Implications of the findings

This study may inform future interventions at the primary care level and will inform mental health training programmes. It also provides qualitative findings that support the framework for bridging the mental health treatment gap at PHC centres, and in turn improving the integration of mental health services into primary care. Future activities and further analysis of the interviews can also be used to explore facilitators and barriers to integrating mental health into primary care and suggest interventions that can support this integration. In future research, ethnographic and direct observational data within PHC settings can complement interview findings. Furthermore, combining qualitative with quantitative methods may be useful for better understanding stigma and reaching a larger sample, which could be compared to studies within other settings in the MENA region and worldwide. In addition, more detailed information about the interaction between different types of stigma within various levels in a health system may shed light on the root causes of our findings. Future studies should examine the cultural and contextual factors informing stigma in primary care with larger study samples and in different areas to develop specific guidelines for cultural adaptations [55]. These findings can be used to inform adaptations of strategies to reduce MHC stigma among HCPs [5].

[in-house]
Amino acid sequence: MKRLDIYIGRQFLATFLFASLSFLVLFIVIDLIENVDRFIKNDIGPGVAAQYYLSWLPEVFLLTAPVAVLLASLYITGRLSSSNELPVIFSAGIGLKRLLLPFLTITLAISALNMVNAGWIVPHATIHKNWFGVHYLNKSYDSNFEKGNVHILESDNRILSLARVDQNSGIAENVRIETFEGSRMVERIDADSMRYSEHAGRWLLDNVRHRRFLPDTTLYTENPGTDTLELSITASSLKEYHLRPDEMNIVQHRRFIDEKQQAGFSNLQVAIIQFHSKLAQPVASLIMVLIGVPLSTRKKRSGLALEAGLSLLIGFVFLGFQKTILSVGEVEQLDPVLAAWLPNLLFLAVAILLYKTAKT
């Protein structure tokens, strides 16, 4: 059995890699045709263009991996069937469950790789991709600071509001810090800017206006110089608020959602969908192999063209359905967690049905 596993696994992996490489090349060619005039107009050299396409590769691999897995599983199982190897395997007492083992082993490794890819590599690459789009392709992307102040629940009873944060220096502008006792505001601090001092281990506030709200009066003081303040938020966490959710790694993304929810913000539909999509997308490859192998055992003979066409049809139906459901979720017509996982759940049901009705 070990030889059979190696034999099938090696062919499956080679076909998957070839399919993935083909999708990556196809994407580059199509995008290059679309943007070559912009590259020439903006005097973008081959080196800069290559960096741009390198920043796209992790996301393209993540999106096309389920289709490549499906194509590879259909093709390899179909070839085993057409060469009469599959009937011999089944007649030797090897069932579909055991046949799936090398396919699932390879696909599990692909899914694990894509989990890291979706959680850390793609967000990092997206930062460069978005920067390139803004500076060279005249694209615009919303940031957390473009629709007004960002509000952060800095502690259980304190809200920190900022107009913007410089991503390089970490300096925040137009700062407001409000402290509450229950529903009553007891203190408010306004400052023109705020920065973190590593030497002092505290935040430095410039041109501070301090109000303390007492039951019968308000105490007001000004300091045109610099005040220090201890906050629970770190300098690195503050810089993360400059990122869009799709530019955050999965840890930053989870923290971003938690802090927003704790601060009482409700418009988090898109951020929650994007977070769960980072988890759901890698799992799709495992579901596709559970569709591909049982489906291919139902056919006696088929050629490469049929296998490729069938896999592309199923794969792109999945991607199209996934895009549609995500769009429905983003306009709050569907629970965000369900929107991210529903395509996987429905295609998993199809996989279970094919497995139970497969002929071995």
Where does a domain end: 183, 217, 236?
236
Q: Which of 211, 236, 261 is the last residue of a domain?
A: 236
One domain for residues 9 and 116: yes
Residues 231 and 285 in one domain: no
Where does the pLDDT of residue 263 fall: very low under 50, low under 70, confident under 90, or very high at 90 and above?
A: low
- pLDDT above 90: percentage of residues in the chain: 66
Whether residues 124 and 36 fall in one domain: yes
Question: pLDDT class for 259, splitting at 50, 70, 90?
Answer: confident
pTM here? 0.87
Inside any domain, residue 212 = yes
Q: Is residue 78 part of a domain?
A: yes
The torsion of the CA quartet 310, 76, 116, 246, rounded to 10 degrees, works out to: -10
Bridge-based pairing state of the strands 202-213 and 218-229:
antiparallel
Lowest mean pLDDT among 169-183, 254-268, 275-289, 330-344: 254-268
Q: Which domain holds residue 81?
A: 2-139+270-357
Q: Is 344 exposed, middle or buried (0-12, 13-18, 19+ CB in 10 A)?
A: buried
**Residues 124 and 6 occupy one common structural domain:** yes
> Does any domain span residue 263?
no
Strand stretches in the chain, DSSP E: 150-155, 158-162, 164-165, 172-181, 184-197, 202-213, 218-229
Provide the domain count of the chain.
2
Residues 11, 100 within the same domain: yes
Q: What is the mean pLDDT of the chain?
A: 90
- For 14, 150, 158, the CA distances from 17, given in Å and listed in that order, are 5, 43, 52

Rights and permissions

Open Access This article is licensed under a Creative Commons Attribution 4.0 International License, which permits use, sharing, adaptation, distribution and reproduction in any medium or format, as long as you give appropriate credit to the original author(s) and the source, provide a link to the Creative Commons licence, and indicate if changes were made. The images or other third party material in this article are included in the article’s Creative Commons licence, unless indicated otherwise in a credit line to the material. If material is not included in the article’s Creative Commons licence and your intended use is not permitted by statutory regulation or exceeds the permitted use, you will need to obtain permission directly from the copyright holder. To view a copy of this licence, visit The Creative Commons Public Domain Dedication waiver ( applies to the data made available in this article, unless otherwise stated in a credit line to the data.


This article is autogenerated using RSS feeds and has not been created or edited by OA JF.

Click here for Source link (